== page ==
Functional and Logic programmingDF22100, 2010VT
No of lectures
PdD students in computer science
The course was last given
a new course
Provide a solid introduction into the paradigms of logic programming and
The course presents two programming paradigms, which differ from that of mainstream programming (i.e. procedural and object oriented). The latter can be seen as still related to the architecture of computer hardware. Its main concept - a mutable variable - is an abstraction of a RAM memory cell. In such languages, roughly speaking, programs are descriptions of sequences of computational steps. The role of the steps is to modify the state.
In contrast, programs in (pure) logic or functional programming describe the tasks of the computations. There is no state and mutable data; this makes it easy to reason about complex programs.
Logic programming (LP) employs (a subset of) the language of the standard first order logic as a programming language. In principle, a program is a set of axioms describing a problem to be solved; the computed results are logical consequences of the program. In practice, programs also describe how the results are computed; this can be modified by the programmer without changing the logical meaning of the program.
Hence reasoning about the meaning of programs and their correctness (declarative semantics) can be separated from that about program execution (operational semantics). Efficient implementations of LP exist.
Functional programming (FP) is a programming paradigm where the central
abstraction mechanism is a function.
FP has solid mathematical foundations. Many elegant programming techniques are specific for FP.
Compilers for modern functional languages, such as Haskell, OCaml and F#, can today both generate highly efficient code and discover many programming errors at compile time. FP has in the last decades mostly been used in academia, but has lately gained an increasingly interest within industry (e.g. Erlang and F#).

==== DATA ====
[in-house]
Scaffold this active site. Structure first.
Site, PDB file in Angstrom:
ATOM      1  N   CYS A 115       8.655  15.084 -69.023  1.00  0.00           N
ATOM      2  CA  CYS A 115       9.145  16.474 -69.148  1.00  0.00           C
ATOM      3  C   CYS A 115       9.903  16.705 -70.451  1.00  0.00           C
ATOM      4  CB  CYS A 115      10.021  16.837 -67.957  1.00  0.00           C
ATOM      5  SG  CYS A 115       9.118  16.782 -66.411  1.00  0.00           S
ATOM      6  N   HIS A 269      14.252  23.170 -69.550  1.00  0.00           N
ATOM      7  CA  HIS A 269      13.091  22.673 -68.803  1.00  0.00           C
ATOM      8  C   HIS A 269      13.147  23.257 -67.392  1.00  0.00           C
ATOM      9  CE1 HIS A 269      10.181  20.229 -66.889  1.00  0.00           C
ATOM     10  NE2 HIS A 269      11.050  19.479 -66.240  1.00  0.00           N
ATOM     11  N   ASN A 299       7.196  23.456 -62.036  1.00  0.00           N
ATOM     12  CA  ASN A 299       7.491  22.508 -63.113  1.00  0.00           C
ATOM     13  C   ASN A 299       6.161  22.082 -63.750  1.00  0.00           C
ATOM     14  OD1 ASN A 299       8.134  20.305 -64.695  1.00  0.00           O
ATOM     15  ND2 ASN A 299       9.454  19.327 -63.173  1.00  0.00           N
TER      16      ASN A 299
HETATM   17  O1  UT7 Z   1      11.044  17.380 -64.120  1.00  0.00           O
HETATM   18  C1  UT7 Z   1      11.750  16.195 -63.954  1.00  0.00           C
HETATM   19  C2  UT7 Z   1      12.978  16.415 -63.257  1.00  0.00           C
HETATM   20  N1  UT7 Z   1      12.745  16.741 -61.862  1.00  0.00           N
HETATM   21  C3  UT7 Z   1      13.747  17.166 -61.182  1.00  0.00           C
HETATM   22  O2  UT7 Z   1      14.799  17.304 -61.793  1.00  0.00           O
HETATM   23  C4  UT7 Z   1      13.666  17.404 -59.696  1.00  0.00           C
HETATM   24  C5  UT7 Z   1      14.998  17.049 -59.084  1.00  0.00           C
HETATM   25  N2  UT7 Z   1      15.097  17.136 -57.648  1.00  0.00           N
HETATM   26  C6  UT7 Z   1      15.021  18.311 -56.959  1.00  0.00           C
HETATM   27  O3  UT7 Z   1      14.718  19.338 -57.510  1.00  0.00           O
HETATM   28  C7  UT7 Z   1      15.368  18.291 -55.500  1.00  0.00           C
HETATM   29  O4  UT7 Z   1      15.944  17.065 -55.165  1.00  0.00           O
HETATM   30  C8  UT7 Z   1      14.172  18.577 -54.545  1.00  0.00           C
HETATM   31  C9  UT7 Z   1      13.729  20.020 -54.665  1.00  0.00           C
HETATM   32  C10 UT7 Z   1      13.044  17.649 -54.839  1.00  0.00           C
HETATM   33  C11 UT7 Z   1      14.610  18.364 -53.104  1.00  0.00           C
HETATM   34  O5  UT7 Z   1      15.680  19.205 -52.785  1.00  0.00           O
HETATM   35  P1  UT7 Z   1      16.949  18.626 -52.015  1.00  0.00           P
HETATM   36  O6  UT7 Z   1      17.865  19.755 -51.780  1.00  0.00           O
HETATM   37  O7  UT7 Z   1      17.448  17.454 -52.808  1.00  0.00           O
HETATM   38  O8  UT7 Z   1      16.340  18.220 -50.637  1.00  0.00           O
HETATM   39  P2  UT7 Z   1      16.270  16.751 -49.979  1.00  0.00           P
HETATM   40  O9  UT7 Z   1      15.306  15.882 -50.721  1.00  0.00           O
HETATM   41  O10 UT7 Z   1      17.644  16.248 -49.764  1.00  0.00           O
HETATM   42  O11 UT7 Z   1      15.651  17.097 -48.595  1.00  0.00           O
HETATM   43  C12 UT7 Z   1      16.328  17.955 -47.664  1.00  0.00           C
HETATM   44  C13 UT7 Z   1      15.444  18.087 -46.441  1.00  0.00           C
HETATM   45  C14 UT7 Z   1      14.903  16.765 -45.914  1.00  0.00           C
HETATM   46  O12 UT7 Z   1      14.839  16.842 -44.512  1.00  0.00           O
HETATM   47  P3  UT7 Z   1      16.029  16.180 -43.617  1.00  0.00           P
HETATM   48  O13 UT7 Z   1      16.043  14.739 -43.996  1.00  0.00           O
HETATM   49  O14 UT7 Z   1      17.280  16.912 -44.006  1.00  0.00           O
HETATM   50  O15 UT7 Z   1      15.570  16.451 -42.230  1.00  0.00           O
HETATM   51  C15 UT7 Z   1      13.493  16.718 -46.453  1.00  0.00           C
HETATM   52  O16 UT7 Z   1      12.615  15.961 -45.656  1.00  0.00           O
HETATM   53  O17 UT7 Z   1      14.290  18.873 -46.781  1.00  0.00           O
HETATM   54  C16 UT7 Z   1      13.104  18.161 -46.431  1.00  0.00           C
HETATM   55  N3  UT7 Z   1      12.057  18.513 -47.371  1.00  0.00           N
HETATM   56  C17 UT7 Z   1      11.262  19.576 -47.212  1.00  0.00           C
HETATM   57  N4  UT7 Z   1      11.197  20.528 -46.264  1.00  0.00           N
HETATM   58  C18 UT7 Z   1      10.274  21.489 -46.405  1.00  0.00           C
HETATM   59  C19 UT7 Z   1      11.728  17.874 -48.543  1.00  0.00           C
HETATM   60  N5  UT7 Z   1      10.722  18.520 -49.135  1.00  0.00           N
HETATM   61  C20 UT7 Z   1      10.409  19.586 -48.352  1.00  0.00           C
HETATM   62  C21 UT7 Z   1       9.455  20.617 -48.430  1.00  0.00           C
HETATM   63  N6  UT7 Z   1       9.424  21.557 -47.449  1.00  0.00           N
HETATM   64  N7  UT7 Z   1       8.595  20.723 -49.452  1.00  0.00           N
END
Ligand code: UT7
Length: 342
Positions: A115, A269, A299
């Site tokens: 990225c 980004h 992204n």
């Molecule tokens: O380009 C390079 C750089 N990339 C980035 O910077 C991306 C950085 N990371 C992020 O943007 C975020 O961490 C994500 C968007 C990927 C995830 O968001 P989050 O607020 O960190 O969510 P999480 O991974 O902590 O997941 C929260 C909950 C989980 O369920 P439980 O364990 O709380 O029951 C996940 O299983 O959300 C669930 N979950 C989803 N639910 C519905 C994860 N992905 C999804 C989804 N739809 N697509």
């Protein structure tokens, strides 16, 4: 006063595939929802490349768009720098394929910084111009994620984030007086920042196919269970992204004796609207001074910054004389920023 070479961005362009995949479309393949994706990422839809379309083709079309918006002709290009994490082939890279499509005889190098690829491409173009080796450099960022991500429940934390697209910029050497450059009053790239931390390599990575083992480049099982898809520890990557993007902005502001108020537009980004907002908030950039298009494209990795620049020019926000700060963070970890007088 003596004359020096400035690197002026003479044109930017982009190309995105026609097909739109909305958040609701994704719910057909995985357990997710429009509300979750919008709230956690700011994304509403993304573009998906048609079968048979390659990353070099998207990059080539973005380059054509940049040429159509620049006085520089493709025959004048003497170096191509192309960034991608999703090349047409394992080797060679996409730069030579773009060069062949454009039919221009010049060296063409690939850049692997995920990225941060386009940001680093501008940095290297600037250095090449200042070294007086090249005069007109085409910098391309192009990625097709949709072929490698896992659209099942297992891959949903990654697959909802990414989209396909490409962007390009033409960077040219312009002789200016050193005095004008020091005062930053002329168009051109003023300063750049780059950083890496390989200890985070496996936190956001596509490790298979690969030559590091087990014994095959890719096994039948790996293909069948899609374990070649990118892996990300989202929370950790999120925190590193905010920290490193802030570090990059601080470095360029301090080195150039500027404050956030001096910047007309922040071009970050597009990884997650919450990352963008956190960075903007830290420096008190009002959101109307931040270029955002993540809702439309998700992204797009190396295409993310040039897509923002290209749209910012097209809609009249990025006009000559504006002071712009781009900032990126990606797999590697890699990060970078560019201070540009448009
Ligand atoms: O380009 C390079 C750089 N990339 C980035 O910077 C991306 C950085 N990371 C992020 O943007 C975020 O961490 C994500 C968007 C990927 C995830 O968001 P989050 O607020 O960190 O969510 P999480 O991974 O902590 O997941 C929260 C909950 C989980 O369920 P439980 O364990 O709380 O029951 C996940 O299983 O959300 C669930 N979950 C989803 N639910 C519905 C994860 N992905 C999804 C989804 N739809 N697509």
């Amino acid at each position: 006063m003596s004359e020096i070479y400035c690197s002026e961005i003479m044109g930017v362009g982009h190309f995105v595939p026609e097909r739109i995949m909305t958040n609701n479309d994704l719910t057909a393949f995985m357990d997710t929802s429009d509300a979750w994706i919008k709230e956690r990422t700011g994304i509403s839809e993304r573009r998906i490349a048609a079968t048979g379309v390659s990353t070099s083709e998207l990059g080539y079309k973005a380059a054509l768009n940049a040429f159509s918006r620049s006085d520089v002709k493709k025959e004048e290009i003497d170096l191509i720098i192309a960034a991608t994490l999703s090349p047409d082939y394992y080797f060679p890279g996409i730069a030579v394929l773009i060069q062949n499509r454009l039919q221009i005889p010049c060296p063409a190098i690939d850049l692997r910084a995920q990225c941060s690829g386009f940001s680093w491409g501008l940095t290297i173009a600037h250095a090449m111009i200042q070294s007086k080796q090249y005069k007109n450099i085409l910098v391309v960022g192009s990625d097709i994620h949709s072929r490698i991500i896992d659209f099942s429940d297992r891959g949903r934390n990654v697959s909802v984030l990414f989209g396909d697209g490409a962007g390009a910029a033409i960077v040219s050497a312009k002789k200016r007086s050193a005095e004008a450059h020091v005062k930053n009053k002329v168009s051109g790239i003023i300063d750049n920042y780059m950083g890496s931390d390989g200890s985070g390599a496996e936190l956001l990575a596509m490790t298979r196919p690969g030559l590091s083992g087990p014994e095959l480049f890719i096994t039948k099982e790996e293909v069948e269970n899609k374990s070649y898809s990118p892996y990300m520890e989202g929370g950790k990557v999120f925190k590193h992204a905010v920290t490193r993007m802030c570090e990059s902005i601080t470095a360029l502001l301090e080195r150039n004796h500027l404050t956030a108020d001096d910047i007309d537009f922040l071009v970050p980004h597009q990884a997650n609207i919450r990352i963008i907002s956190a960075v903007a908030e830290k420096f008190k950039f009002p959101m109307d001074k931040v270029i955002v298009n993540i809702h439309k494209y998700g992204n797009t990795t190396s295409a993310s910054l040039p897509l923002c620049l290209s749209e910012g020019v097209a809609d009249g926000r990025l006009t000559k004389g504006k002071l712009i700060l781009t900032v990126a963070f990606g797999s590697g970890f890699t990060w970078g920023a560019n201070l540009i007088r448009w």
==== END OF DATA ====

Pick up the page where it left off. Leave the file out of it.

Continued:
Some mathematical maturity, for instance given by introductory courses on
discrete mathematics, formal languages and automata theory, and logic.
Some experience of programming; familiarity with some programming languages.
Exercises and project work.
[subject to modifications]
Logic Programming (LP)
- Definite clause logic programs, their declarative and operational semantics.
- Prolog as an implementation of LP.
- Programming examples, LP as a declarative programming paradigm.
- Negation in LP, including Answer Set Programming.
- Reasoning about logic programs (formal & practical).
- Extensions of "classical" LP. Constraint logic programming.
Functional Programming (FP)
Central concepts such as higher-order functions, pattern matching, dynamic vs. static type checking, referential transparency, type inference, parametric polymorphism, eager vs. lazy evaluation, tail-recursion, type classes, and monads.
FP relation to lambda-calculus.
Focus on statically typed functional programming languages, e.g. OCaml and Haskell.
Articles, handouts, book chapters.
U. Nilsson and J. Maluszynski. Logic, Programming and Prolog (2ed).
Guest lectures and FP lab assistants:
David Broman (Strict FP, OCAML)
Henrik Nilsson (Lazy FP, Haskell)
P. Fritzson (FP)
W. Drabent (LP)
Home assignments and a minor project.
5hp maximally for the Functional Programming part (spring).
5hp maximally for the Logic Programming part (autumn).
DF22100 Functional and Logic Programming, 10 hp
DF22101 Functional Programming, 5 hp
DF22102 Logic Programming, 5 hp
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Last updated: 2012-05-03